BURLEY — On Nov. 13, when Makayla Tolman signed her letter of intent to play volleyball at Brigham Young University, athletic directory Randy Winn shared his firsthand experience of Tolman’s ability.
The Bobcats were playing at Minico earlier in the season, and Winn was having a conversation with Minico athletic director Brady Trenkle when a shot from Tolman came right at them.
“I was watching our student section, and she hit a heat-guided laser toward us. It hit Brady in his arm, and it still hurts to this day,” Winn told the gathered crowd with a laugh.
Tolman hit her share of lasers in her time at Burley. She hit so many, in fact, that she earned the honor of Times-News volleyball player of the year for 2018, then earned it again this season.
She was named player of the year in the Great Basin Conference in both her junior and senior seasons, but she was a co-winner with Century’s Zoe Thiros in 2018. In 2019, she had the honor all to herself.
Tolman, a 6-foot-3-inch left-hander, has always had a prominent presence on the volleyball court. She was on varsity as a freshman.
But she said something changed by the time she finished her high school career.
“I was very tall but now I’m so much more confident in everything,” Tolman said. “I was very quiet and didn’t say much, and through the years I felt like I grew into more of a leader.”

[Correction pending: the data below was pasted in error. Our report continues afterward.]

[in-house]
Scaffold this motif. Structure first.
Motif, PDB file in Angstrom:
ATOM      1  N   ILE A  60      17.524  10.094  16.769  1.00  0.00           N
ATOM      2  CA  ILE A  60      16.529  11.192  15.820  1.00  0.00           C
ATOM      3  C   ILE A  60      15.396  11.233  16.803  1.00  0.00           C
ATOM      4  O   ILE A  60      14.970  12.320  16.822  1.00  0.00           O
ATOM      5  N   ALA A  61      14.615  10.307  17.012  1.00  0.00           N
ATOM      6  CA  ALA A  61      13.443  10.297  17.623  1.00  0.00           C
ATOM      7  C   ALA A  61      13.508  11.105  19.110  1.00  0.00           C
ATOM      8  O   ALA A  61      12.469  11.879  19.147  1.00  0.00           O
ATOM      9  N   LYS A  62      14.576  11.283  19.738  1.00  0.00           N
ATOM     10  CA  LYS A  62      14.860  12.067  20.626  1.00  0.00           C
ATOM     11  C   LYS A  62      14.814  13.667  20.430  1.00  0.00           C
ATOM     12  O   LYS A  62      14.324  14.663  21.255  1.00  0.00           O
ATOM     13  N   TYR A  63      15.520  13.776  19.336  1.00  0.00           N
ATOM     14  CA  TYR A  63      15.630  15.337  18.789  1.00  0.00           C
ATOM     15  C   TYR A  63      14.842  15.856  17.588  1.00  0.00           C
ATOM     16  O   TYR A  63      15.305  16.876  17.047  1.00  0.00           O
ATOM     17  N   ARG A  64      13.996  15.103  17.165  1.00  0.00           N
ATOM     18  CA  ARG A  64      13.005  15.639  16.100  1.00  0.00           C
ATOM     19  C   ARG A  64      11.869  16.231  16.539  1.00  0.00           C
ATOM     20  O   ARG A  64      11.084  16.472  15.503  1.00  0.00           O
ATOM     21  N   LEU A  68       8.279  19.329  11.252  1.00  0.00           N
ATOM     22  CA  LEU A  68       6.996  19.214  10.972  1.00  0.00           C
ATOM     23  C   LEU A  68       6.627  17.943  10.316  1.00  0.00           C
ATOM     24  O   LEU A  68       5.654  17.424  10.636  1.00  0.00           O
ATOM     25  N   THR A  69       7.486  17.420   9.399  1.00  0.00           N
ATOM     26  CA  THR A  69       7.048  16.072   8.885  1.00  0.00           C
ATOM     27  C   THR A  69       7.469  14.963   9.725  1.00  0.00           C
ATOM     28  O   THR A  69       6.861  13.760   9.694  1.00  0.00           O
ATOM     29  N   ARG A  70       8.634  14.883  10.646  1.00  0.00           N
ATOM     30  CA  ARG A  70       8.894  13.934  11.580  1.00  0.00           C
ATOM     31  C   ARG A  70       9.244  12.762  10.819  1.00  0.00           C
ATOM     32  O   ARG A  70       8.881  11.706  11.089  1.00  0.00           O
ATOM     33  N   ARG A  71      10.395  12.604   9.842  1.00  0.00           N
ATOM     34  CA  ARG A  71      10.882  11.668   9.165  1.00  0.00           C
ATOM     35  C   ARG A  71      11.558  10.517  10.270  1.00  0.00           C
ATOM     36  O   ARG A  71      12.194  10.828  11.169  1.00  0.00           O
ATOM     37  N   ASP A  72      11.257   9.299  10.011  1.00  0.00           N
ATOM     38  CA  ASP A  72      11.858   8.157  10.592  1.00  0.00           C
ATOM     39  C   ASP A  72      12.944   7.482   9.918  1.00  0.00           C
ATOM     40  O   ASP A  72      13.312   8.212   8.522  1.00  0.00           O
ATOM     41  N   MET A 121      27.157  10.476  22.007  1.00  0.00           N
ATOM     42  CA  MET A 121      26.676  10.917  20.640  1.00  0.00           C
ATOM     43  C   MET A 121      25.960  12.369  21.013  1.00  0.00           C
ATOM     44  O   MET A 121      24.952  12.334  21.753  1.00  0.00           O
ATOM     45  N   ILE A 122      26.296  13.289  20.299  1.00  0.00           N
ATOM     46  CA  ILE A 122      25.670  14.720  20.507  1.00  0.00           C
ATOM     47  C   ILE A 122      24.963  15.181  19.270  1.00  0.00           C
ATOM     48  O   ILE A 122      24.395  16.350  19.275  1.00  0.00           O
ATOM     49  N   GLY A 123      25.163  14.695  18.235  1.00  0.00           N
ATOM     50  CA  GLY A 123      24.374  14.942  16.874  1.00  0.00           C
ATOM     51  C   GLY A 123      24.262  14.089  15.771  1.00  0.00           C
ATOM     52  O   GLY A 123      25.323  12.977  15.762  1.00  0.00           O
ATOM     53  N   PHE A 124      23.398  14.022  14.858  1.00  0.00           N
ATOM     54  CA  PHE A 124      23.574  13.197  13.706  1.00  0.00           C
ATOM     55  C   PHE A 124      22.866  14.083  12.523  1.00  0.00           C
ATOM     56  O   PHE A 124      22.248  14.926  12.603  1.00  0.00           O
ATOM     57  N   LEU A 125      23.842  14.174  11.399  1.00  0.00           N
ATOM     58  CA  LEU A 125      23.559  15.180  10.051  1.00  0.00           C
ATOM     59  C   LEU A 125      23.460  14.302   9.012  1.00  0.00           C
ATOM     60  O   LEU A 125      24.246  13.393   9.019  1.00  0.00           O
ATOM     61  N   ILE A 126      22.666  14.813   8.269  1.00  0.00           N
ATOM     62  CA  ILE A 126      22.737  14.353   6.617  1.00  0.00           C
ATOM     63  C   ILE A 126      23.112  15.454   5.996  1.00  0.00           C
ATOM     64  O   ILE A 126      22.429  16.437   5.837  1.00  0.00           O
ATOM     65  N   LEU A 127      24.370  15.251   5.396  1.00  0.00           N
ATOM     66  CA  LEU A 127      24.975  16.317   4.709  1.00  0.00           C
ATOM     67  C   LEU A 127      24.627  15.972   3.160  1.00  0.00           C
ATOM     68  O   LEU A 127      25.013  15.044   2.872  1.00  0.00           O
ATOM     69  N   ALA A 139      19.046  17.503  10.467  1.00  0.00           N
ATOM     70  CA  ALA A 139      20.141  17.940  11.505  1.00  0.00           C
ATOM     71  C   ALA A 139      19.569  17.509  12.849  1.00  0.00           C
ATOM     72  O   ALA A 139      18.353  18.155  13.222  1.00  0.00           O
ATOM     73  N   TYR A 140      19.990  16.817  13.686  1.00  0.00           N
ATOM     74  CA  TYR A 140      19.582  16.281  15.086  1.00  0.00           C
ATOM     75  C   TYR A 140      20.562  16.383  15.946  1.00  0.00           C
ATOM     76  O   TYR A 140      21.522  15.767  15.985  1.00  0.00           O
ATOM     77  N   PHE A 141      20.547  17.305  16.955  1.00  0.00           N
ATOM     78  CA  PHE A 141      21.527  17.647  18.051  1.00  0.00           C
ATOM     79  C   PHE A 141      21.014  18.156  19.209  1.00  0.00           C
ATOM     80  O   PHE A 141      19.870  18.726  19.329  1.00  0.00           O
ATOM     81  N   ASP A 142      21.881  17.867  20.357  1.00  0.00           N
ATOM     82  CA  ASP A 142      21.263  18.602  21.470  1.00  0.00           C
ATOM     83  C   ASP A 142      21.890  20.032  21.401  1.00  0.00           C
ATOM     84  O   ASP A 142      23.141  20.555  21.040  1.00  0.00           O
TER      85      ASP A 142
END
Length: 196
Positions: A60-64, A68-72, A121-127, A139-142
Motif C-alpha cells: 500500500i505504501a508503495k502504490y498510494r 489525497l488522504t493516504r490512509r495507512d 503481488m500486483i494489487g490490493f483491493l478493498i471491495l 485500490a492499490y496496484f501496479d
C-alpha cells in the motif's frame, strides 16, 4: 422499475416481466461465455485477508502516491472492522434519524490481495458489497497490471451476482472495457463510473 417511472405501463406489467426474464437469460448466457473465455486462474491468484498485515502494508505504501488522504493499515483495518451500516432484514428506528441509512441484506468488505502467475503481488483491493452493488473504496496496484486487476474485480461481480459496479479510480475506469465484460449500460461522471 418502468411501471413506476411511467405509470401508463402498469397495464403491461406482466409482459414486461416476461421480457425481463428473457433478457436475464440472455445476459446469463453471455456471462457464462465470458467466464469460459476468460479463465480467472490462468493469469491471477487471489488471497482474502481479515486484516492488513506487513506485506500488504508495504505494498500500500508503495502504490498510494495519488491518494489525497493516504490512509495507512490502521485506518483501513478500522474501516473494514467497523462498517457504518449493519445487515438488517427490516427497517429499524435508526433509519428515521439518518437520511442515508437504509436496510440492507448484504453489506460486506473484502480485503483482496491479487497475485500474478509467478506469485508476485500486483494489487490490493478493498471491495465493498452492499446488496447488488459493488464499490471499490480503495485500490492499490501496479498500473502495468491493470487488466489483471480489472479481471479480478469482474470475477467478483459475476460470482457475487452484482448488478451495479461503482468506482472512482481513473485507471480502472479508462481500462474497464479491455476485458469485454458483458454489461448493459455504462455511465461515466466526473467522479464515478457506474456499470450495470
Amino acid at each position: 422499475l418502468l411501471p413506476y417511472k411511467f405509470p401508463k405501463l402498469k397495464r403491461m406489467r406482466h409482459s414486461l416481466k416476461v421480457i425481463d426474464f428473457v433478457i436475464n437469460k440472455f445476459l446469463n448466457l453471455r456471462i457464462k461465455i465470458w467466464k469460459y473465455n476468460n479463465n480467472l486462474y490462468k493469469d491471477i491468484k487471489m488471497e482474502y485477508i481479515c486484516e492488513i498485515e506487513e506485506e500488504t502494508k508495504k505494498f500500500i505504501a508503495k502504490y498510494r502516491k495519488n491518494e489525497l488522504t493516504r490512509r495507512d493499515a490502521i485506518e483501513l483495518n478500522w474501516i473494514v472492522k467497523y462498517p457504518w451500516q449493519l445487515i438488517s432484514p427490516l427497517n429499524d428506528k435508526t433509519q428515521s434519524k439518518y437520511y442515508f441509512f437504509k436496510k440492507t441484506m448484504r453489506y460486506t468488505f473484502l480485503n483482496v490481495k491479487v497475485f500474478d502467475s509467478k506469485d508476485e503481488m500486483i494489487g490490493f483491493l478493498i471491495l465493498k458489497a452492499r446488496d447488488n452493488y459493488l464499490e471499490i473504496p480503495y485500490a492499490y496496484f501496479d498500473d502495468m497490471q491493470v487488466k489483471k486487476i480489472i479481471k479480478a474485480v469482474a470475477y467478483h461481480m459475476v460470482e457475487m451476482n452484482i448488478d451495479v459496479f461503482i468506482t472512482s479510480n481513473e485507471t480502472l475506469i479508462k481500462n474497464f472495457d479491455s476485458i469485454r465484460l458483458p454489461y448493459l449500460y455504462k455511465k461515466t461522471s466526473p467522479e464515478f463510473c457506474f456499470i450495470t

Her leadership included playing multiple positions and roles for the Bobcats. The team made it to the state tournament all four years she played.
This year, Tolman came up especially big in the state play-in game against Bishop Kelly. Burley finished third in the Great Basin after the district tournament and needed to win an elimination game just to make it into the tournament field. She had 33 kills, 23 digs and four blocks in the 3-1 win over Bishop Kelly.
The Bobcats eventually went 1-2 in the state tournament before being eliminated.
“We made it to state again, which was one of our biggest goals,” Tolman said. “I’m just really grateful for all of us working. I think there’s always more that you want to accomplish, but what we did accomplish was really great.”
One product of Tolman’s work is where she is going to play college volleyball. BYU is one of the top programs in the country.
But when she visited the campus during her sophomore year, Tolman said she did not feel intimidated at all.
“I was touring campus, and there were girls with me and it felt so normal and I felt comfortable,” she said. “The coaches were great and I just felt included even though they didn’t have any idea who I was.”
She committed early on in high school and officially signed in November. She said playing for a winning program was an important part of her decision.
“That was a big deal for me, because I wanted to go somewhere where we could hopefully win a national championship,” Tolman said.
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